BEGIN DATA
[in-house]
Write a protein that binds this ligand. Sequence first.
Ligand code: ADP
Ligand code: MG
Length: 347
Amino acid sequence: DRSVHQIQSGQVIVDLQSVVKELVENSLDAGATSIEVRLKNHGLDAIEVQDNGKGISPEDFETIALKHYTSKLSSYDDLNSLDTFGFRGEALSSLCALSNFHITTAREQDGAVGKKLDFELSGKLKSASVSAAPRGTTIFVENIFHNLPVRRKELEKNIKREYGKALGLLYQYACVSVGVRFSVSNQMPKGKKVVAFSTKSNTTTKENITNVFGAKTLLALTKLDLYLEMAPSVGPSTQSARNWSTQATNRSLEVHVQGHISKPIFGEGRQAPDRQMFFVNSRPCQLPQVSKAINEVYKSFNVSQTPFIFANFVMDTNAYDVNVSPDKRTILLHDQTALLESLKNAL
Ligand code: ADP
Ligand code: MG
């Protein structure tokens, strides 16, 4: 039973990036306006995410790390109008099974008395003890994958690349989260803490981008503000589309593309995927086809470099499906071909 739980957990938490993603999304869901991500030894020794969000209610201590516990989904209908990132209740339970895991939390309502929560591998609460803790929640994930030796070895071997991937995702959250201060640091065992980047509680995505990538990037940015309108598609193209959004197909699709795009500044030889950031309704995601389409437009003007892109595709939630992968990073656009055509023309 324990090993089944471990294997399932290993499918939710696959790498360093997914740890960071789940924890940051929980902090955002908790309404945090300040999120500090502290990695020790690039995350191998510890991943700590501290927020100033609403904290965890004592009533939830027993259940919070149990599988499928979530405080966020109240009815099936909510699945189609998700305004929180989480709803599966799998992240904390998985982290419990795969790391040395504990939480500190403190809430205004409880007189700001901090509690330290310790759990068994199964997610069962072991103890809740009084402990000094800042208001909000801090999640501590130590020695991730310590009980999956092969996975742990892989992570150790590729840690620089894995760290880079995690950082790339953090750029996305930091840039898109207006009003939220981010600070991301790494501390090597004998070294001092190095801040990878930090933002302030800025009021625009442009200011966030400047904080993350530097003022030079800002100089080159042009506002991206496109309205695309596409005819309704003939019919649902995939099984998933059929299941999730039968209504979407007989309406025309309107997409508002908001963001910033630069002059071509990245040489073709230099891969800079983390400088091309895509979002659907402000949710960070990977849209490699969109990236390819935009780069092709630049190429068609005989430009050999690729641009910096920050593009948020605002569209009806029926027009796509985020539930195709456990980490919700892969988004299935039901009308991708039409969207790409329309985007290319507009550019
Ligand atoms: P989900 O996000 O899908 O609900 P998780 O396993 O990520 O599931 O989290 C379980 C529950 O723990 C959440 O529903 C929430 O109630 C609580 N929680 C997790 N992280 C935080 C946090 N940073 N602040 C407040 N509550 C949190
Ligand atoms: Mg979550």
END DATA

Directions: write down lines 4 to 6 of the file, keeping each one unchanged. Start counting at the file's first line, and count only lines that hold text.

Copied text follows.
Ligand code: MG
Length: 347
Amino acid sequence: DRSVHQIQSGQVIVDLQSVVKELVENSLDAGATSIEVRLKNHGLDAIEVQDNGKGISPEDFETIALKHYTSKLSSYDDLNSLDTFGFRGEALSSLCALSNFHITTAREQDGAVGKKLDFELSGKLKSASVSAAPRGTTIFVENIFHNLPVRRKELEKNIKREYGKALGLLYQYACVSVGVRFSVSNQMPKGKKVVAFSTKSNTTTKENITNVFGAKTLLALTKLDLYLEMAPSVGPSTQSARNWSTQATNRSLEVHVQGHISKPIFGEGRQAPDRQMFFVNSRPCQLPQVSKAINEVYKSFNVSQTPFIFANFVMDTNAYDVNVSPDKRTILLHDQTALLESLKNAL